• http://www.about.me/tanyasalyers Tanya Salyers

    Bambi made me cry when I was a kid.

  • Iengebretson

    the fox and the hound. it’s not such a secret traumatization, but seriously. the fox and the hound. 

    • Melissa

      Seriously. That movie was too much for 7 year old me to handle.

  • kelly

    Jumanji- To this day I have not seen him get sucked into the board game when he was younger. I start to see his hands start to fade and then I book it out of the room. I am 23.

  • Jane

    Did anyone remember the old Disney collection movies? About Willie the Operatic Whale? at the end the whole montage and chorus singing when you see in the shadows of him getting speared/killed? That was horrible…

  • http://twitter.com/sweetsoleil Ashley Wolfgang

    Once Upon A Forest. So depressing. 

    • Guestropod

      Oh yeah.  That poor fucking badger family.  

    • peachy

      THANK YOU i’ve been wondering for years what the name of that movie was

  • Margaret Thatcher

    I know you’re trying to play to your audience, and that the 90s are the “it” decade right now, but I think this was a sub-par article. Here’s why:
    First of all, Secret of NIMH came out in 1982. By the 90s, it was old news–we had a conversation at work similar to this the other day, and I brought up NIMH (and Last Unicorn!) and most of my fresh-out-of-college coworkers had never even heard of it.

    Bambi came out in 1942, and Snow White came out in 1937. In fact, I remember getting upset about Bambi’s mother as a child, and my GRANDMOTHER comforting me by explaining how it scared her badly as a child, too. Sure, these movies could have been traumatizing, but secret? Aren’t these movies sort of notorious for being frightening to young children?

    Speaking of “frightening to young children” … Nightmare Before Christmas was rated PG. Which means that, if you were traumatized by it, either your parents were doing it wrong by letting you watch it without guidance, or that you were old enough, and were just a pansy. Rated PG doesn’t mean “Let’s all drop our 6-year-olds off for the matinee.”

    In closing…what part of “shirking responsibility until your dad forces you not to” is traumatizing? Sounds like the basic plan of many 20-somethings. Might be a poor life strategy, but most people who have lived that life have just come out poorer and with less education because of it–I haven’t met any who seemed “secretly traumatized.”  In fact, they seemed to be having quite a bit of fun.

    • kitschrich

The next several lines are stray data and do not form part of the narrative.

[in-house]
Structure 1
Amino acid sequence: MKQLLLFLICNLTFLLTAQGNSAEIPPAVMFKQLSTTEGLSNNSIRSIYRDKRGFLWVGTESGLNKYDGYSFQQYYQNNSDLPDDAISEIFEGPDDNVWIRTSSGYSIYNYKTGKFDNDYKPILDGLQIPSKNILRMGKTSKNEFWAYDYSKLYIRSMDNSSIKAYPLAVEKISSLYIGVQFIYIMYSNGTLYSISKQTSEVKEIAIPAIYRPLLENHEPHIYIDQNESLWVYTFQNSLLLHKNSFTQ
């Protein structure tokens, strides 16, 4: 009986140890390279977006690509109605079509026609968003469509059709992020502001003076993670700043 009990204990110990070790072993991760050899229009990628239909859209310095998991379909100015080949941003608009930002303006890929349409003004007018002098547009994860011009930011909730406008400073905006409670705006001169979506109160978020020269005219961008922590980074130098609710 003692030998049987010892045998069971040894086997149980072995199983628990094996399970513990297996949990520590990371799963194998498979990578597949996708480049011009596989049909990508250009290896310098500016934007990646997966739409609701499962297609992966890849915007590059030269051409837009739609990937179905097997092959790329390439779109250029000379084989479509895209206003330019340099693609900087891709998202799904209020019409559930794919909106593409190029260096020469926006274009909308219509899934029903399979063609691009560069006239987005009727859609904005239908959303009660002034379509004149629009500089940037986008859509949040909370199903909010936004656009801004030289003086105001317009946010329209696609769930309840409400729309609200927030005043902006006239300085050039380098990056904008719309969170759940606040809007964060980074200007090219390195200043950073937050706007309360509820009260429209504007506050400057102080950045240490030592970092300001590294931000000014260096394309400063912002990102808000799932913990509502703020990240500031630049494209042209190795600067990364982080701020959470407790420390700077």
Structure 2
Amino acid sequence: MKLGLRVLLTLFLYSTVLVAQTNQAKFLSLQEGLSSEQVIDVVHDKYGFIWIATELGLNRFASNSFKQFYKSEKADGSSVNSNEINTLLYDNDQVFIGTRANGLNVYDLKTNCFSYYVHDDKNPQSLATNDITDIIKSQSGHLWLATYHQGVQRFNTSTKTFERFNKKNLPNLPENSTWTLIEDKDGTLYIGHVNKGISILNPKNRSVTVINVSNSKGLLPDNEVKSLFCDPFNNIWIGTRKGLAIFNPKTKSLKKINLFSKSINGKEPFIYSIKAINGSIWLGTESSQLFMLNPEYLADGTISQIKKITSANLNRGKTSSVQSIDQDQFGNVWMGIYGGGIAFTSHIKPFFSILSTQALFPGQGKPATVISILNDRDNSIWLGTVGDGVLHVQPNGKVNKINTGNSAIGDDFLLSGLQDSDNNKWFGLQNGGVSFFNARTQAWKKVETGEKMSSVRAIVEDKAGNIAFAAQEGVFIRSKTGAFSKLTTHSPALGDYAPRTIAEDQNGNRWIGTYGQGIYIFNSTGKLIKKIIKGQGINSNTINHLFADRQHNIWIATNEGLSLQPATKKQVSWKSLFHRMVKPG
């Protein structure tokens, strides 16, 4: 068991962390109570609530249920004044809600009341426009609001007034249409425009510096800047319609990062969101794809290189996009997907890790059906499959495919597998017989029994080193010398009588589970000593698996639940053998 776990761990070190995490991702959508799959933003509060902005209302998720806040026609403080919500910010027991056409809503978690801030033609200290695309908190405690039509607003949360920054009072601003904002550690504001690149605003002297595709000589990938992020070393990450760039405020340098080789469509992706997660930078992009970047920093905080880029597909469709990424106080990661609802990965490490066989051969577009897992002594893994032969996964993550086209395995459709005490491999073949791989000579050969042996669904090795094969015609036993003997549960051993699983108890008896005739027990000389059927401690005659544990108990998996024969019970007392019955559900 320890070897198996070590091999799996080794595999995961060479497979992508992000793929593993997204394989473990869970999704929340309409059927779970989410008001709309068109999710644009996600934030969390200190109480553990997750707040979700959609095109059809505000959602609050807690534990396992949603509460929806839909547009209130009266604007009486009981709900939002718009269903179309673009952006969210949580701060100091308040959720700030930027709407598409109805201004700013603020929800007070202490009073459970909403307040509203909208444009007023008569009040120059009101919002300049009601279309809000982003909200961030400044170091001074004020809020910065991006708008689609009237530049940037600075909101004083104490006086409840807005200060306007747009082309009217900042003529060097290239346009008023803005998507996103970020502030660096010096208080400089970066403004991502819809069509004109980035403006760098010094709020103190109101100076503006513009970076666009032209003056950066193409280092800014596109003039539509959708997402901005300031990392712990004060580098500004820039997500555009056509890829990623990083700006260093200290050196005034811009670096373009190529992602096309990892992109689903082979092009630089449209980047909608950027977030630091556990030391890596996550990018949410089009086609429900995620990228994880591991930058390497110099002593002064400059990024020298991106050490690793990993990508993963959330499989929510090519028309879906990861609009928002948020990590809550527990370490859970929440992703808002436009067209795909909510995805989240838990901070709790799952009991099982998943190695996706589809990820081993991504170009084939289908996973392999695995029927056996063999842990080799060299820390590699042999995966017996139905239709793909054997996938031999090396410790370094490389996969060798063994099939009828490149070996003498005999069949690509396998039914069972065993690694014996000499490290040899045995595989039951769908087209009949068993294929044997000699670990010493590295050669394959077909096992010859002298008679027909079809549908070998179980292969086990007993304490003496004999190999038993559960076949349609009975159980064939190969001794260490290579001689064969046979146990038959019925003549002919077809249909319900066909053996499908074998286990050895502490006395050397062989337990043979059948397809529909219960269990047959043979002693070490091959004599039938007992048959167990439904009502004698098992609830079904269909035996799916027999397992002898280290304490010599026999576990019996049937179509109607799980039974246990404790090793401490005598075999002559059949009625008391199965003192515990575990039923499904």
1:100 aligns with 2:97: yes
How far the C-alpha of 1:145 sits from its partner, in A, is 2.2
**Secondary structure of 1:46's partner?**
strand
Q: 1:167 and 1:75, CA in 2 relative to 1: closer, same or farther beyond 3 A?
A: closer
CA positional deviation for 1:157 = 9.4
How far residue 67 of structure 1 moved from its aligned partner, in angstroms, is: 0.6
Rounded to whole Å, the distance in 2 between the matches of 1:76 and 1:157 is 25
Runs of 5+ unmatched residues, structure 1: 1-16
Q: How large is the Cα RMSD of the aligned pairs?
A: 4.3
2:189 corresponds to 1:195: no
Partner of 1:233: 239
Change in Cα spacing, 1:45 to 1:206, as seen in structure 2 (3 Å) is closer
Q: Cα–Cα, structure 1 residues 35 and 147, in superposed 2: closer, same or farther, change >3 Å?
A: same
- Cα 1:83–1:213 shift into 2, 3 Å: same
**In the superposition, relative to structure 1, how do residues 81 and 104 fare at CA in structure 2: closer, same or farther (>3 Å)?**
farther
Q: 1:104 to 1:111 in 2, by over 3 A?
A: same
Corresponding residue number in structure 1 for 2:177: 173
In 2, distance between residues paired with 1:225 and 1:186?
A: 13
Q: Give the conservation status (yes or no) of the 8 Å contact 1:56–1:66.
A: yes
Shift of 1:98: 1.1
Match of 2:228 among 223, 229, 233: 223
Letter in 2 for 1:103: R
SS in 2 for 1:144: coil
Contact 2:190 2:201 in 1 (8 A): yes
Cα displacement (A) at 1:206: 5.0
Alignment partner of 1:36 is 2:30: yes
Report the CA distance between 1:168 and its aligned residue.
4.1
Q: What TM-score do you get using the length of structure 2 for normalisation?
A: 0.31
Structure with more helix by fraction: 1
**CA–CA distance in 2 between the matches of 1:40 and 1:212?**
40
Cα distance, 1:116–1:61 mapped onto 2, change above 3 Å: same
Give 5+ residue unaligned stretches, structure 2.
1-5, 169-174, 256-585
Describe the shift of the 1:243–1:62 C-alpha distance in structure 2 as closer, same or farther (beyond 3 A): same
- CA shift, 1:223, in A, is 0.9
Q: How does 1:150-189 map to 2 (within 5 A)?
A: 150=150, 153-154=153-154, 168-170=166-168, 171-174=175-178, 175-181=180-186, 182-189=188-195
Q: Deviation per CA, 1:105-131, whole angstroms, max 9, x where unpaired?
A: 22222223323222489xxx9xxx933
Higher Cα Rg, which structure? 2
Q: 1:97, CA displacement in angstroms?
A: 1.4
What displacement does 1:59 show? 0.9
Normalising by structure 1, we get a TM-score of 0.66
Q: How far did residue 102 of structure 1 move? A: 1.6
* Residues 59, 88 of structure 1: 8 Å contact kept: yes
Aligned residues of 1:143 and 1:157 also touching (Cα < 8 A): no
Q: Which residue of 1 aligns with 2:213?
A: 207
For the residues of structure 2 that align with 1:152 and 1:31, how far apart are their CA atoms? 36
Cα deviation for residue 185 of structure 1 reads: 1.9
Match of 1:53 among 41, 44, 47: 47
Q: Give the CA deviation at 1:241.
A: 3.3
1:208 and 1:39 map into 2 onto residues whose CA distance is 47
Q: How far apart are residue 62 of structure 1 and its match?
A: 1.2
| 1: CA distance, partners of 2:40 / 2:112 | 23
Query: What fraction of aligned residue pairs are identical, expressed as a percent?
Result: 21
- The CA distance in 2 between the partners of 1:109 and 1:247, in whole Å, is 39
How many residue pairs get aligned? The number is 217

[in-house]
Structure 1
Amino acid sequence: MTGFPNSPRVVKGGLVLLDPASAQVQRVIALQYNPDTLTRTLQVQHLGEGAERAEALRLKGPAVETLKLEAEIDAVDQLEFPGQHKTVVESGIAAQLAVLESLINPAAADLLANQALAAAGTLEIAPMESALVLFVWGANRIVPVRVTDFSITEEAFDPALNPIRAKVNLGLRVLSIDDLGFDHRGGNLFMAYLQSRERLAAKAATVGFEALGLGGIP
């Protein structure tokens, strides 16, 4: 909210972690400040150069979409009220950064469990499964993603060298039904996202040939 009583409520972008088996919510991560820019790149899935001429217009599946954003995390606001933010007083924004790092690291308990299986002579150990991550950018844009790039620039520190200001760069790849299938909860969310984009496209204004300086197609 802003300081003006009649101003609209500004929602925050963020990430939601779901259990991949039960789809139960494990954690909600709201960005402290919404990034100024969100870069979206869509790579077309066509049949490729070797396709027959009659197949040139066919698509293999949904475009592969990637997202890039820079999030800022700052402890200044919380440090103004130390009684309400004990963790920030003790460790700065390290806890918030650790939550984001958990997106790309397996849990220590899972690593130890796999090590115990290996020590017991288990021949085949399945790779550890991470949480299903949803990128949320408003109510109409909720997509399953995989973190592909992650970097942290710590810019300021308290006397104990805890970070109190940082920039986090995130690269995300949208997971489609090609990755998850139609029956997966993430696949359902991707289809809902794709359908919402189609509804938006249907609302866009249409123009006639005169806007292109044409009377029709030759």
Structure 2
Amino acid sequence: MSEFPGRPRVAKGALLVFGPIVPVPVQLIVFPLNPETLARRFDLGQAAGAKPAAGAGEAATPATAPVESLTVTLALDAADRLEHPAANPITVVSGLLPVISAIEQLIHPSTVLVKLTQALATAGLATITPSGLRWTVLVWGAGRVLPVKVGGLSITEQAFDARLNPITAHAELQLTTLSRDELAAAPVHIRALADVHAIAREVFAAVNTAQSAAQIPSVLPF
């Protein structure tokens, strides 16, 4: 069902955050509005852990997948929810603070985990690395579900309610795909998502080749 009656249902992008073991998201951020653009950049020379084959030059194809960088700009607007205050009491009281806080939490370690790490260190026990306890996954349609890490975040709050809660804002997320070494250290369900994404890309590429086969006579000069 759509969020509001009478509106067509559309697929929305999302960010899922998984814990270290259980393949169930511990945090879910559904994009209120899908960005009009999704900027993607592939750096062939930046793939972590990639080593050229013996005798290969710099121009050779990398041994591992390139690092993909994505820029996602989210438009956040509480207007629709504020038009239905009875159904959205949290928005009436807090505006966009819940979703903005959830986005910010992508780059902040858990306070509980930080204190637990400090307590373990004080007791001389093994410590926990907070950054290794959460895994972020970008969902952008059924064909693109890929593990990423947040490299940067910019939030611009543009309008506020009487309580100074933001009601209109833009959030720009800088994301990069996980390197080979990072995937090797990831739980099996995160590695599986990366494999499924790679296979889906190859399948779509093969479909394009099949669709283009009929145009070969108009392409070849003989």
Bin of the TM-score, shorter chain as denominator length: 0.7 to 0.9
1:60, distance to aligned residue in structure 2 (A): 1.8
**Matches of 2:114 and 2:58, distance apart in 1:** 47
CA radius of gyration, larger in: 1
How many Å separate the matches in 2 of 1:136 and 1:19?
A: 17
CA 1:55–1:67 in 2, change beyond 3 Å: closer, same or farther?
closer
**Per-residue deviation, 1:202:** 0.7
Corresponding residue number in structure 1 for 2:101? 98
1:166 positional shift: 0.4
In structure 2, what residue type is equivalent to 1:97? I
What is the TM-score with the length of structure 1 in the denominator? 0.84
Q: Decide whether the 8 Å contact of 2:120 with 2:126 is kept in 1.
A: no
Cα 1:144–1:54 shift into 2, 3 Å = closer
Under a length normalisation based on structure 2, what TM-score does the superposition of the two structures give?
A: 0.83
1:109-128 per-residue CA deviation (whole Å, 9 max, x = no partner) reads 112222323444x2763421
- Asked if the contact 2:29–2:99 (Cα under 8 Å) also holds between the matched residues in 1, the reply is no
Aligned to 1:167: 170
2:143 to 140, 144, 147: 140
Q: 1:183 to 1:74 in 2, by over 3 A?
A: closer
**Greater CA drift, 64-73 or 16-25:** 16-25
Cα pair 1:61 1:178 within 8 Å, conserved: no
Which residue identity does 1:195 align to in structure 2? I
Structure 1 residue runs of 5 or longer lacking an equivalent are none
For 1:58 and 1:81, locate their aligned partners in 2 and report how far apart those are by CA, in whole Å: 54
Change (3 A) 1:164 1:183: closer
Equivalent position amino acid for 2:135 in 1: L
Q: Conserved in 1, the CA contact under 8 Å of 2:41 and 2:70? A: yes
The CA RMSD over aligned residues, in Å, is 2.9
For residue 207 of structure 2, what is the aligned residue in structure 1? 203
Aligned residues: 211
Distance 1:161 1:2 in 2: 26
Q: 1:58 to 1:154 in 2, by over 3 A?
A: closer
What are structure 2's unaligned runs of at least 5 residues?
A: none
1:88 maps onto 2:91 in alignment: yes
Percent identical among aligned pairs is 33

Sadder than your wasting time reading an article you didn’t enjoy is your need to critique it. I feel that I wasted my day in dignifying this with a response.

      • Margaret Thatcher

        You did waste your time dignifying this with a response (though, if it took the whole day, as you seem to suggest, you might want to look into tutoring or perhaps a special school. There are people who can help!)

        The REASON you wasted your time is this: What I said could be used to make this a better article. What you said was awkwardly worded facial diarrhea. But, you know, if you really didn’t have anything better to do…

      • Anonymous

        Damn, I was logging in to make the “whole day!??!” joke, and you beat me to it.  At least now I realize its not funny.

    • Courtney

      wow, that was a really cool story in response to a completely innocuous article.

    • HarrietTubgirl

      I was about to leave the same comment. I don’t think I would have written four paragraphs about it…but I noticed a lot of the same things.

    • http://gravatar.com/arcrumb Alex

      Hi Margaret Thatcher,

      It’s a fair critique to level against the title, and if it was misleading, I apologize. With that in mind, I didn’t intend to write this so that all the people that grew up in the 90’s roaming the Internet would like me. That just happens to me automatically no matter what I do.

      Good to date-check Bambi and Snow White. I know that I grew up watching them and it sounds like a lot of people in my (our?) generation did too. Home video and VHS became really popular in the 90’s, which was why people currently in their 20’s ended up watching a lot of older Disney classics, and being scared by them. The use of “secretly” in the title of the piece, again, suggests that there might be more psychological damage being done to young viewers than you or I initially realized. I might be right. You also might be right. We may never know.

      Finally, you must have been very brave to not be scared of The Nightmare Before Christmas, I don’t know when you saw it. I know I was scared. Bizarrely-animated and disproportional stop-motion singing about eating you in your sleep? Creepy. Flat-out.

      Thanks for the critique and for keeping people honest,
      — Alex (the writer)

      PS: Big shout-out to anybody that mentioned The Fox & The Hound or Last Unicorn. That goddamn Red Bull, man. And isn’t The Fox & The Hound kinda about class warfare? Brutal.

  • http://general-disinterest.blogspot.com/ Taylor

    Anybody ever see The Adventures of Mark Twain as a kid? I’m sure I wasn’t the first 10 year old to have an existential crisis while watching it.

  • Shatha H.


    and i grew up just fine…maybe i have weird phobia of balloons! do you think it has any relation!!

  • Anonymous

    Chicken Run was a terrifying movie

  • Anonymous

    All my childhood movies!…destroyed.I can’t unknow this!

  • annie

    It’s not animated, but Matilda seriously traumatized me as a child. Still can’t watch it.

  • Alice Rose

    I remember E.T freaked me the hell out. Could never watch it, and it still makes me cringe a bit. Never came around to the idea that the alien E.T himself was cute, he just gave me the creeeeeeps!

  • Anonymous

    Did anyone ever watch Unico?  About the unicorn who went to a distant island to save humans from becoming living puppets…